A loved one dies and you are approached about administering the settlement of the estate. On one level, you feel humbled. Such a request means you’re considered trustworthy. On another, you may feel over your head before you start. Before anyone in Arkansas says yes to such a request, some questions deserve answers.
Probate and estate administration can be complicated because of the intricate legal steps required. In addition, depending on the nearness of the deceased, you may be wracked with grief. No one should make important decisions when in emotional upheaval. Having a skilled legal advisor at your side can help. So consider the following:
- What’s the time commitment? Closing out an estate can take years. It will certainly require a good deal of legwork tracking down documents, filling out paperwork and waiting in lines as you make trips to the courthouse. Will this task fit into your schedule?
- What skills are needed? Organization doesn’t come naturally to everyone. If it’s difficult for you, estate administration can leave you feeling like your slogging through a thick jungle. If you don’t handle your own finances well, you might not be equipped to be an executor.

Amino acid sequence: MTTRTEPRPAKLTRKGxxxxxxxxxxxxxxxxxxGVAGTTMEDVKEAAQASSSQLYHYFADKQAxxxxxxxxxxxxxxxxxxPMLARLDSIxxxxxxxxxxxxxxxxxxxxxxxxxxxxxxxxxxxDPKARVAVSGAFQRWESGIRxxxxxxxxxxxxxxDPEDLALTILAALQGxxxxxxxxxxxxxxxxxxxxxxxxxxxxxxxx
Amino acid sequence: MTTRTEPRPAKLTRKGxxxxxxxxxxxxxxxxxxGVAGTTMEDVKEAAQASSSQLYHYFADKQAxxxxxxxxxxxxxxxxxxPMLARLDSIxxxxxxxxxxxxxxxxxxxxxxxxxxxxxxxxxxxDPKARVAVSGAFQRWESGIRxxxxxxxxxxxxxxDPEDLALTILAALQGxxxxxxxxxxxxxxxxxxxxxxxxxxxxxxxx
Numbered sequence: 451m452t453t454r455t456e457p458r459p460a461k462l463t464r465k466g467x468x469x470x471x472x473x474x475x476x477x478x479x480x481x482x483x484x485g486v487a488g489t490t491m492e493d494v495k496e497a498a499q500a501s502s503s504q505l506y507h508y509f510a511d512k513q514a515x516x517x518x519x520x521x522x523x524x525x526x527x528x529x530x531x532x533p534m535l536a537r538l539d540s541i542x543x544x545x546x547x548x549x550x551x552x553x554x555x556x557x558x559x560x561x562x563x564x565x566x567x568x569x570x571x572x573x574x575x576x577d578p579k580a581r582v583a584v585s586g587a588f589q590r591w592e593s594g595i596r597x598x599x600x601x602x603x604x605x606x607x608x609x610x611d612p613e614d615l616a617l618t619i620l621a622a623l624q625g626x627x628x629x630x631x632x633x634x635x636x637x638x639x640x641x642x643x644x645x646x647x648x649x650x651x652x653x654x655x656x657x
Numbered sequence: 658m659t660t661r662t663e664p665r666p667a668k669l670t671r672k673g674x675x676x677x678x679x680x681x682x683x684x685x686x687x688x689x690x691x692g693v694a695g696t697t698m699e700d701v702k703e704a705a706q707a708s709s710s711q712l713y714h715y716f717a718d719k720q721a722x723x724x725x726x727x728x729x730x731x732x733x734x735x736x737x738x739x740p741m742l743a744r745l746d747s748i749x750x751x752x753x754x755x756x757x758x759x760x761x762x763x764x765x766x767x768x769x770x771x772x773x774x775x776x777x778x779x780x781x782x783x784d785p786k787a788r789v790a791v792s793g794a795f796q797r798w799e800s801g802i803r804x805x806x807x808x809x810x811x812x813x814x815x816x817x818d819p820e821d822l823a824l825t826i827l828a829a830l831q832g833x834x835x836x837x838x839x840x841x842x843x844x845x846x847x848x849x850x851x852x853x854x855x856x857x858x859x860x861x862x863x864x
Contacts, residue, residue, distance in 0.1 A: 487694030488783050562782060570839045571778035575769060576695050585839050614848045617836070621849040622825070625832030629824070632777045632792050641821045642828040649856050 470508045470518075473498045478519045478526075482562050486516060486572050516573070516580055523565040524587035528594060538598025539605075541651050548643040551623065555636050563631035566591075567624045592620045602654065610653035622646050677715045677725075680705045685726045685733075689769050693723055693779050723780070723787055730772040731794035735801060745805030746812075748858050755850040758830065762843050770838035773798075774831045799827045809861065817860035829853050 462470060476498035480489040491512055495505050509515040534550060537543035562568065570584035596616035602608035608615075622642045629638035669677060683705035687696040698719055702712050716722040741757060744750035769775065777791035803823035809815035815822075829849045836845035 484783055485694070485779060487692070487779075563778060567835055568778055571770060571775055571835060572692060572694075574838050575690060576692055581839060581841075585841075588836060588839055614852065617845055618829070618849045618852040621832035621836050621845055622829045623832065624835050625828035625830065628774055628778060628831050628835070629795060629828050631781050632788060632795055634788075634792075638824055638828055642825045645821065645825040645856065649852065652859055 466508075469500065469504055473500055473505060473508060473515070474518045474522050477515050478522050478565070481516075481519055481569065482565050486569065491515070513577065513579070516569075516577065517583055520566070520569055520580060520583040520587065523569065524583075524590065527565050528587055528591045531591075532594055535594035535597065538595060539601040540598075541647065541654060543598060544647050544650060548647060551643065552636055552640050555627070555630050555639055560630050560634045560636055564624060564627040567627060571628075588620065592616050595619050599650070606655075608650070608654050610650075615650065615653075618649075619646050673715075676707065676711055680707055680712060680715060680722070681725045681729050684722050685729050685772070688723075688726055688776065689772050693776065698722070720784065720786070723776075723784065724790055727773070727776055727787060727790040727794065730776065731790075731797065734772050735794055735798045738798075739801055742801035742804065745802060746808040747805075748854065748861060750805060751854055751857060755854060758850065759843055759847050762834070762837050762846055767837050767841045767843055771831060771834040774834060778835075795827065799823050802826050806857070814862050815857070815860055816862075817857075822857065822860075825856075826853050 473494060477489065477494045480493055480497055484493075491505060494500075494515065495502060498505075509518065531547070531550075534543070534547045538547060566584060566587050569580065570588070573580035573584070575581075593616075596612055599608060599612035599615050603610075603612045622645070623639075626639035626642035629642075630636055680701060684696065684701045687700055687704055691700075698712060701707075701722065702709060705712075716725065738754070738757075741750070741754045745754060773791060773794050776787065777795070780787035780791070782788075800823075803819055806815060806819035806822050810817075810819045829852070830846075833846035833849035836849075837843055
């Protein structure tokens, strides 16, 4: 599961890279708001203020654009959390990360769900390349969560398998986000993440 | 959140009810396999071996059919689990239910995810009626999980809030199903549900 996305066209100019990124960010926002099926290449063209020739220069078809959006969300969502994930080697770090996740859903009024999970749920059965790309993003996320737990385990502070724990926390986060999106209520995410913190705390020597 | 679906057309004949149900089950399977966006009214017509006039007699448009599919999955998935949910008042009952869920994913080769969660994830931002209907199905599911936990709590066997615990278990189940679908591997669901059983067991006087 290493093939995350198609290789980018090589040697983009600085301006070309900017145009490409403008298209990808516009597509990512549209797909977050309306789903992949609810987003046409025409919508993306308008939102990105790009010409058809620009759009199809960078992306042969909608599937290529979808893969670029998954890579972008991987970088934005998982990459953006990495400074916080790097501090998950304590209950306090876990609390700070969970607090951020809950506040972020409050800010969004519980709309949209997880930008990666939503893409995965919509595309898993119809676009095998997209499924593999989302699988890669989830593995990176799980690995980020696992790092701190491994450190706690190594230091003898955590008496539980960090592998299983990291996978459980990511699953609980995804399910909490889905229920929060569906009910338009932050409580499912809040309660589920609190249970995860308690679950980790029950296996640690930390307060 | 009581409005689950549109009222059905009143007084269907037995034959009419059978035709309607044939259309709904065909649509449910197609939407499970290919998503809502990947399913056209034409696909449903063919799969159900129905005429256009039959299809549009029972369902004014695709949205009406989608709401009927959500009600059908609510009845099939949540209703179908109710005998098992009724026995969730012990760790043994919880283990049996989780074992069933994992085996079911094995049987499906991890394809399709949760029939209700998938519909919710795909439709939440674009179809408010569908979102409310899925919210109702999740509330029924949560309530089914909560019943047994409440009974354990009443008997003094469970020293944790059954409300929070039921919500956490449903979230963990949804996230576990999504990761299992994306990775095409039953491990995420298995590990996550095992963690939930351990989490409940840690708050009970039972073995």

- Do I have the right attitude? Can you remain calm in the face of cranky people? Settling an estate often ruffles feathers. Tensions rise. Experts agree a commitment to transparency in administrative dealings minimizes friction, even if it doesn’t eliminate it.
- Can I afford to do it? If the deceased lived in another state, travel may be required. Costs can become prohibitive if you have to make several trips. Can the estate pay for your expenses and your time? How will accepting compensation sit with other heirs?
If you answer these questions and feel prepared, you are probably good to go. But if you have any doubts, consider consulting with a skilled attorney before taking on the responsibility.
Source: AARP.org, “Things to Know About Being an Executor of Estate,” Carole Fleck, accessed Sept. 23, 2016